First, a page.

A trusty way to win in backyard baseball is to change the rules retroactively. Redraw the first base line so a home run becomes a foul ball. After a third missed swing, declare that little kids get four strikes. Announce that a ball hit into the neighbor’s yard is an automatic out.
The Obama Administration and congressional Democrats are pushing their own equally dubious version of retroactive rule-making. They want to limit the ability of companies to escape U.S. taxation by merging with foreign companies—and they want to make the change retroactive to May 8. If they succeed, it would apply to companies such as Medtronic and AbbVie which have pending mergers.
These mergers, known as corporate inversions, are a huge drain on the U.S. Treasury, and finding a way to stop them as soon as possible makes sense. Each week that goes by without a fix makes matters worse as more and more companies strike tax-minimizing merger deals. But yanking the tax advantage from deals that have already been lawfully agreed to is a toxic kind of unfairness, even if it’s lawful.
There is a precedent for making tax legislation retroactive, says Michael Graetz, a tax expert at Columbia Law School, but it’s typically happened in cases where the writing was on the wall. For example, if the House passed an anti-inversion bill but the Senate went into recess before taking action, you could argue that companies should have known better than to arrange a merger based on a tax law that was clearly about to change. Even the date of approval by a committee such as the House Ways & Means Committee or the Senate Finance Committee might justifiably be used as a retroactive date for a law change, Graetz says.
But May 8? That’s the publication date of an opinion column in the Wall Street Journal by Senate Finance Committee Chairman Ron Wyden, an Oregon Democrat. That’s writing on the op-ed page, not writing on the wall. Wyden and his colleagues remain far apart on a solution for corporate inversions. Senator Orrin Hatch, the top Republican on the Finance Committee, said at a hearing July 22 that “whatever approach we take, it should not be retroactive or punitive.” Even some Democrats are skeptical of the approach. In interviews with Bloomberg News this week, four Democrats on the committee “declined to back a standalone retroactive tax bill to limit inversions.”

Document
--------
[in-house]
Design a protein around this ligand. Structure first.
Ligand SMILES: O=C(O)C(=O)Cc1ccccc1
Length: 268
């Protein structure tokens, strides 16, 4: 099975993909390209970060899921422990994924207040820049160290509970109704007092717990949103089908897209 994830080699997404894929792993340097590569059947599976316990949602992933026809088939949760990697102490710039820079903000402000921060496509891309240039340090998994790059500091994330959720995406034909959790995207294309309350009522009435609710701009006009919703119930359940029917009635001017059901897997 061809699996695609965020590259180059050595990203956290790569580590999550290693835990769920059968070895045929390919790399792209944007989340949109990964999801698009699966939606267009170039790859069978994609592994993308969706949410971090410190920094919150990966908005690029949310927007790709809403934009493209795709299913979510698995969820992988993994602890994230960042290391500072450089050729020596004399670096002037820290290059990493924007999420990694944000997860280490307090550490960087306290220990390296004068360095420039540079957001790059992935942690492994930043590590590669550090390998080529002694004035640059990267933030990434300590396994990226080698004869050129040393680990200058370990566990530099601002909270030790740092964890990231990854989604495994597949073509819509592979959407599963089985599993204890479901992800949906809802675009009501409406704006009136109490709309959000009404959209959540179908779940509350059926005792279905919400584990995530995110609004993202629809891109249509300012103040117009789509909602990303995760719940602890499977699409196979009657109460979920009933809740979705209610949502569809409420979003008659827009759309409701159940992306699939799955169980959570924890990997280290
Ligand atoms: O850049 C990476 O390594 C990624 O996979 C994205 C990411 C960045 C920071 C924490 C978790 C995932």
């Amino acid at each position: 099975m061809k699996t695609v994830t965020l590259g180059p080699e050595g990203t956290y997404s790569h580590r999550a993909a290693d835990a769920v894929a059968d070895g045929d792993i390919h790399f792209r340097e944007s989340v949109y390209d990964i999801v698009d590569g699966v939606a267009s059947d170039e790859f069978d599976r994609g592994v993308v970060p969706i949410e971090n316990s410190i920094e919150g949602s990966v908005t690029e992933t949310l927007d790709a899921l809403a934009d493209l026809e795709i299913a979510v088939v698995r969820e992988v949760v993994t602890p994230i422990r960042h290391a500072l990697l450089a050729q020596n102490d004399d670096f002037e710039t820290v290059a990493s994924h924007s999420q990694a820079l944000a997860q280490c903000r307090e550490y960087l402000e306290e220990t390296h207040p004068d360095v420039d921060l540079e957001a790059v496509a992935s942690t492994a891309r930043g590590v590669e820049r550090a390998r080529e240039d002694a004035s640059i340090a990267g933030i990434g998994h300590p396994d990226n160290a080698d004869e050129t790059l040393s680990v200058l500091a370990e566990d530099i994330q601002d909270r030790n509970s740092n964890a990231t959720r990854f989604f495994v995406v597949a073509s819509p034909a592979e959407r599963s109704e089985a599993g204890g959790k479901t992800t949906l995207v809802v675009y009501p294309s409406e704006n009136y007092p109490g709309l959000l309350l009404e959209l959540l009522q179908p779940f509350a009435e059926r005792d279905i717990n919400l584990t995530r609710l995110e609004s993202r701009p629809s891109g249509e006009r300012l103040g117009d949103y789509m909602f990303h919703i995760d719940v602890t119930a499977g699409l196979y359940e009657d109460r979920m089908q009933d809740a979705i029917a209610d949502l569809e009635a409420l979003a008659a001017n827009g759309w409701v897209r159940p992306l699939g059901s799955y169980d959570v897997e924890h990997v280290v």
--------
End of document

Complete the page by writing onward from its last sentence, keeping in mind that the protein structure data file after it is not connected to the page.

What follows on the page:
“When the Obama Administration calls for going back to that date, it’s just an effort to create uncertainty,” Graetz says, which will in turn drive up the price of pending deals or give acquirers an escape clause if their tax advantages are taken away. “It’s … a shot across the bow so people will slow down.”
The Founding Fathers didn’t much like retroactivity. Article 3 of Section 9 of the U.S. Constitution says, “No … ex post facto Law shall be passed.” The Heritage Foundation’s online guide to the Constitution quotes Alexander Hamilton in The Federalist Papers: “The subjecting of men to punishment for things which, when they were done, were breaches of no law” is among “the favorite and most formidable instruments of tyranny.”
True, the Supreme Court has ruled that Article 3 applies to criminal law, not civil law. The Treasury Dept. has trotted out several cases of retroactivity in recent civil legislation. In a July 24 blog post, Mark Mazur, the assistant secretary for tax policy, notes that retroactivity was included in an anti-inversion measure “enacted by a Republican Congress in 2004.”
Even if a retroactive bill passes the constitutionality test, it doesn’t pass the smell test. By all means, Congress and the White House should find a fix for Treasury-draining corporate inversions, and soon. But when it comes to undermining lawfully agreed-upon corporate mergers, retroactive is radioactive.